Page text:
Monday, July 16, 2012

Royal Albert History

The enamel kilnsat the Royal Albert Works photo taken around 1913
The Thomas C Wild - Royal Albert Factory
Thomas C Wild
Some Decorators busy woring on Well Known Royal Albert Patterns

Passionate About Florals

Romantic. Exuberant. Beautiful. Feminine. Floral. These are just some of the descriptions collectors worldwide apply to their favourite brand of bone china tableware and giftware – Royal Albert.
It’s a brand that’s inspired by the English country garden and the national flower, the rose. This quintessential English grace, elegance, and romance accounts for Royal Albert’s timeless popularity in tableware. And the result? A touch of class for modern lifestyles that effectively fuses indulgent floral motifs with shabby chic feel. With Royal Albert you have the best of the classic and contemporary worlds.
The story of Royal Albert stretches back over one hundred years to a small pottery business established by Thomas Wild in 1896, in Longton - one of the six towns that make up Stoke-on-Trent,  “The Potteries”. This household name began as a family business. For it was the ability and work of Thomas and his sons – Fred and Tom (Thomas Clark or TC) – that made the company famous for bone china tea and breakfast sets.
The tribute paid to Fred Wild at his death in 1961 could equally apply to all of the others, “Much of the success of Royal Albert is a direct result of Fred's courage, foresight and enterprise”.

Royal Pedigree for Royal Albert

To own a piece of Royal Albert is to have a piece of history in your hands. For this household name had links with the royal household from the start, after Prince Albert who became King George VI in 1936. China produced at the factory was therefore initially branded as Albert Crown China. 'Royal' was added in 1904. But it soon became known familiarly as 'Royal Albert'…
Many early shapes were fluted, and included floral motifs and rich patterns in shades of red, green and blue in the style of popular Japanese Imari patterns. Above all, Royal Albert's early success was linked to an uncanny ability to cater for all tastes - from the modest to the most expensive. What’s more, the first Royal commemoratives were produced as early as 1897 to celebrate Queen Victoria's Diamond Jubilee. So, Royal Albert has always offered style that goes beyond the tabletop per se.
A flexible and progressive approach to products and manufacturing drove UK and, ultimately, international success for Royal Albert. In around 1910 the first overseas agency was established in New Zealand, and this was quickly followed by exports to Australia, Canada, and the USA. Moreover, TC eagerly embraced new technology and incorporated new processes for continuous improvement - Royal Albert was one of the very first in its field to install kilns fired by gas and electricity.
Yet it was Royal Albert’s designers who developed its distinctively English, globally popular, style. It was they who combined the fineness, whiteness and purity of the bone china ceramic body with sensual and informal rococo shapes and floral designs. The English fondness for cottage gardens and shady woods naturally inspired thousands of designs - motifs which have been adapted and updated through period fashions, such as 1920s vivid Art Deco floral patterns. It’s proved a winning tableware formula – inspired by Victorian chintz, Lady Carlyle has proved a popular success for over 50 years. History Page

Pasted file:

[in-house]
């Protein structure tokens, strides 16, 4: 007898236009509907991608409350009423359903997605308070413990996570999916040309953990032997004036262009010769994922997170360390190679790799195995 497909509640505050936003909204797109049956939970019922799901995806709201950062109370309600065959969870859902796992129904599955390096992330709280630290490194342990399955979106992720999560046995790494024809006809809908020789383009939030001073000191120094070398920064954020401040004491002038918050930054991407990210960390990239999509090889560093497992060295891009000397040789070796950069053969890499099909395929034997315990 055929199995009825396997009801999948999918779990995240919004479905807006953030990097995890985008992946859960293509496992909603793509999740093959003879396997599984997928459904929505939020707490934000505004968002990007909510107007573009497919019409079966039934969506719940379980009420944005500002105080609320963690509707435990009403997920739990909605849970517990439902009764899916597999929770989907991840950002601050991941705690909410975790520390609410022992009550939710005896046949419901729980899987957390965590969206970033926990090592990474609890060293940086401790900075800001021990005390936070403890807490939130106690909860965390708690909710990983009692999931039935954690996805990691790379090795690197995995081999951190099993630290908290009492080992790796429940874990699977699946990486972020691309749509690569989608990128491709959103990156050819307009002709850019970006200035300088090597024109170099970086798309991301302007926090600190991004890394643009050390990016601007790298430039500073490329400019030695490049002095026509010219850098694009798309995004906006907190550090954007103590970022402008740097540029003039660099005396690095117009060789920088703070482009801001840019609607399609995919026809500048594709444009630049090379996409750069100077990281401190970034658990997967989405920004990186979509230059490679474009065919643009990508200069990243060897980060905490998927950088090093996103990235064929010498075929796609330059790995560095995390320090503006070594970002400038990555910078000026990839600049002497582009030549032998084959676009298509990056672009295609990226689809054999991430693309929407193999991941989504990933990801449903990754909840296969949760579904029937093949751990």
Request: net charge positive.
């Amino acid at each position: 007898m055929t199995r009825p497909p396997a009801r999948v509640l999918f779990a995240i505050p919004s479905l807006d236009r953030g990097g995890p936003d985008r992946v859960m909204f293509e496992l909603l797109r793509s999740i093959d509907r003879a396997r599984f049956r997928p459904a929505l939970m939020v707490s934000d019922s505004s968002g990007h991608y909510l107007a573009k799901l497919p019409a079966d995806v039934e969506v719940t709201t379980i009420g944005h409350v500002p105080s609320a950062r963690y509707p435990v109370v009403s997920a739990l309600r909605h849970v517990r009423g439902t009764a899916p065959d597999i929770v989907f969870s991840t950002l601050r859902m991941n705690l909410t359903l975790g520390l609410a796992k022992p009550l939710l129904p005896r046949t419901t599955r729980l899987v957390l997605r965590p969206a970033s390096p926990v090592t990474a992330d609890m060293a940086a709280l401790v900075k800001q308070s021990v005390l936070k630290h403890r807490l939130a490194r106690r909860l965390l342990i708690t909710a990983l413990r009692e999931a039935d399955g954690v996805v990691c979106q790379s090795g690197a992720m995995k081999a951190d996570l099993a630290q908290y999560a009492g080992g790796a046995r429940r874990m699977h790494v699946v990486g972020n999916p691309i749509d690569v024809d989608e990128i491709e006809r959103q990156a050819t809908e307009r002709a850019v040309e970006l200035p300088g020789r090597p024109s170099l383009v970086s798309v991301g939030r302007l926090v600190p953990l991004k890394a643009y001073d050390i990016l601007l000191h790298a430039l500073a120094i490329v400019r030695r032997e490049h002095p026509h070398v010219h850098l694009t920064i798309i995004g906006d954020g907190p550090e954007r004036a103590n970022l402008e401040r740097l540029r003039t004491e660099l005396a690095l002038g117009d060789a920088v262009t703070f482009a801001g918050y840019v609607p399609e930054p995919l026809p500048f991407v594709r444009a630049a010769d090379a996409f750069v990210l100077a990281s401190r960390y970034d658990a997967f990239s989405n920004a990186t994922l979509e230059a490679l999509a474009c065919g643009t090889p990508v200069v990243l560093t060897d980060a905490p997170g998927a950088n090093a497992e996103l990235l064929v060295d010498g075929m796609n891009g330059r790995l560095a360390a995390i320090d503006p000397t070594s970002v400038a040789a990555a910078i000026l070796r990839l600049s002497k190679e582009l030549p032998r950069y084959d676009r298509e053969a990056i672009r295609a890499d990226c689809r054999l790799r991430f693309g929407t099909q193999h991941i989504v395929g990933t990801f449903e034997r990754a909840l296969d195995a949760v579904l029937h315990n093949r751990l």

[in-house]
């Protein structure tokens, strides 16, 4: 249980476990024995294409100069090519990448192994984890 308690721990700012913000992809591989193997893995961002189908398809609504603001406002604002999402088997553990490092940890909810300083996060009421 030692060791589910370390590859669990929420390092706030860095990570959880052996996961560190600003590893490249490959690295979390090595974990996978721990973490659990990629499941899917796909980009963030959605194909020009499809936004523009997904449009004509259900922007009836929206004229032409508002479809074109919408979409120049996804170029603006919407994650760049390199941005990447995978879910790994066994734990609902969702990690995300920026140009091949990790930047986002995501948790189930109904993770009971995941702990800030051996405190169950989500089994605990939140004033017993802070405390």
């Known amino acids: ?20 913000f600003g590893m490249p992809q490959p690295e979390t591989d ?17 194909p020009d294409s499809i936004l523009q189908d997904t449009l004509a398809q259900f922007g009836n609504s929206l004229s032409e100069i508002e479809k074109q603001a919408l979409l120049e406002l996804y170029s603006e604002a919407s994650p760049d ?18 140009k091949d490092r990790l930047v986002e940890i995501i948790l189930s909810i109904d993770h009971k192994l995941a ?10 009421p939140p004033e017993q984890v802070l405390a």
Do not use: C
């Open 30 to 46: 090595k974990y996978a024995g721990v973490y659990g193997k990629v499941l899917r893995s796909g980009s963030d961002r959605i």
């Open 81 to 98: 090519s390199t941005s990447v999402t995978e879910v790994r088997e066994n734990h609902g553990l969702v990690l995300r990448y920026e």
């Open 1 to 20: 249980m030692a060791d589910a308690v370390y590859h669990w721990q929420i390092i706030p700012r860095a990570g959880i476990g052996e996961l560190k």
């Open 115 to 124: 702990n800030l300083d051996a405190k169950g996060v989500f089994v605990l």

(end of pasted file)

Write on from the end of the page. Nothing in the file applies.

Tuesday, July 10, 2012

How to pack your China

How to pack your China

Packing your Plates:
  1. Prepare a box and put a layer of wadded newsprint paper or peanuts in the bottom of the box for cushion.
  2. Wrap each plate and then bundle three or four together. Stand on end in the box. Never lay flat. Take another bundle, same size plates, and place near the other bundle. Fill sides with peanuts or newsprint. Use large items on bottom layer and place layer of bubble wrap in between layers. Place wadded newsprint or peanuts between each layer as cushioning between each layer.
  3. Tape shut the box and mark "Fragile – China."
Packing your glasses and teacups:

  1. Wrap each piece of  glassware or teacups in piece of Bubble Wrap or 2 sheets of packing paper and tape it. You may use blank newsprint paper instead of bubble wrap.
  2. If you will pack the glasses and cups in one box then skip to step (3.) If you will pack them with other items you should place them on top.
  3. Prepare a box and put a layer of wadded newsprint paper or peanuts on the bottom of the box for cushion.
  4. Place wrapped cups or glasses on upright position as if you were placing them on the table.
  5. Place a layer of cardboard and another layer of packing material on top and the sides. Fill sides with peanuts or newsprint. You may also use dividers between cups and glasses (ask your mover for availability of product).
  6. Keep layering until you've reached the top. Taper shut the box and mark "Fragile – China/Crystal".

Monday, July 2, 2012

Royal Albert Display Signs

Royal Albert Crown China Sign - 1920s to 1930s
Royal Albert Crown China Sign - 1920s to 1930s - Backstamp

Royal Albert Bone China Sign - 1940s
Royal Albert Bone China Sign - 1940s  - Backstamp

Royal Albert Bone China Sign - 1950s
Royal Albert  Englsih Bone China Sign - 1970s

Royal Albert  China Sign - 1980s to 1990s

Royal Albert China Sign - 1990s
Royal Albert  China Sign - After 2002